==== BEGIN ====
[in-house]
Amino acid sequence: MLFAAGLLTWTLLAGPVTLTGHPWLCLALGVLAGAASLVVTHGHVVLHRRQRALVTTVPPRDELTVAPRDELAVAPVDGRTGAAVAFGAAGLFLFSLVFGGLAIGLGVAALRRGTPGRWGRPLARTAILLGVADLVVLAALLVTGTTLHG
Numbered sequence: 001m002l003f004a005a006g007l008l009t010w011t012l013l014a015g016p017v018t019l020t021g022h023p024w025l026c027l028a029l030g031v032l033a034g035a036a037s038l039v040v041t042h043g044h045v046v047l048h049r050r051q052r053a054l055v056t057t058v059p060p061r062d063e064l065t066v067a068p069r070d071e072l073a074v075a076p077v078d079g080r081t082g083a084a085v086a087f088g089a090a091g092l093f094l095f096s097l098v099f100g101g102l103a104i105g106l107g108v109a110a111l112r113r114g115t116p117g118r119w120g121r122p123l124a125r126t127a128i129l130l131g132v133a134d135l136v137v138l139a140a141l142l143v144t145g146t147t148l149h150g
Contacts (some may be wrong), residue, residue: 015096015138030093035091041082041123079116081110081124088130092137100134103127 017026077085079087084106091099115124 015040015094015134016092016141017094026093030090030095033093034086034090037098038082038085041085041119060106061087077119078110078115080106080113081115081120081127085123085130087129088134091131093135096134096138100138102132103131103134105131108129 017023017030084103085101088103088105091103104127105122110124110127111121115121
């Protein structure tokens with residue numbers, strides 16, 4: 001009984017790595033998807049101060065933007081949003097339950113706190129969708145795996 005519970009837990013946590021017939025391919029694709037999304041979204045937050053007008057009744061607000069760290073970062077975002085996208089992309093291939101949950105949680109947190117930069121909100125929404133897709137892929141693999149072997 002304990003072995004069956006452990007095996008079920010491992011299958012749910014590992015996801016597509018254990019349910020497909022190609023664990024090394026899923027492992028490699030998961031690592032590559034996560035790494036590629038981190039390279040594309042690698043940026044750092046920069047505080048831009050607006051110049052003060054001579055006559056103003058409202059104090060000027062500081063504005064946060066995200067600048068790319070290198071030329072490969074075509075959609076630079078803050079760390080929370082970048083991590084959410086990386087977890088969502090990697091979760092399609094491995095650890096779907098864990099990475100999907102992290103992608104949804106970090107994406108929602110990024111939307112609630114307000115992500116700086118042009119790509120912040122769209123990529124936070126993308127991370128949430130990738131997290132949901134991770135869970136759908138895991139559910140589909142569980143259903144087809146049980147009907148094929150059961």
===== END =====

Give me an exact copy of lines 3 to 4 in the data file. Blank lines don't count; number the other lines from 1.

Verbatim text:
Numbered sequence: 001m002l003f004a005a006g007l008l009t010w011t012l013l014a015g016p017v018t019l020t021g022h023p024w025l026c027l028a029l030g031v032l033a034g035a036a037s038l039v040v041t042h043g044h045v046v047l048h049r050r051q052r053a054l055v056t057t058v059p060p061r062d063e064l065t066v067a068p069r070d071e072l073a074v075a076p077v078d079g080r081t082g083a084a085v086a087f088g089a090a091g092l093f094l095f096s097l098v099f100g101g102l103a104i105g106l107g108v109a110a111l112r113r114g115t116p117g118r119w120g121r122p123l124a125r126t127a128i129l130l131g132v133a134d135l136v137v138l139a140a141l142l143v144t145g146t147t148l149h150g
Contacts (some may be wrong), residue, residue: 015096015138030093035091041082041123079116081110081124088130092137100134103127 017026077085079087084106091099115124 015040015094015134016092016141017094026093030090030095033093034086034090037098038082038085041085041119060106061087077119078110078115080106080113081115081120081127085123085130087129088134091131093135096134096138100138102132103131103134105131108129 017023017030084103085101088103088105091103104127105122110124110127111121115121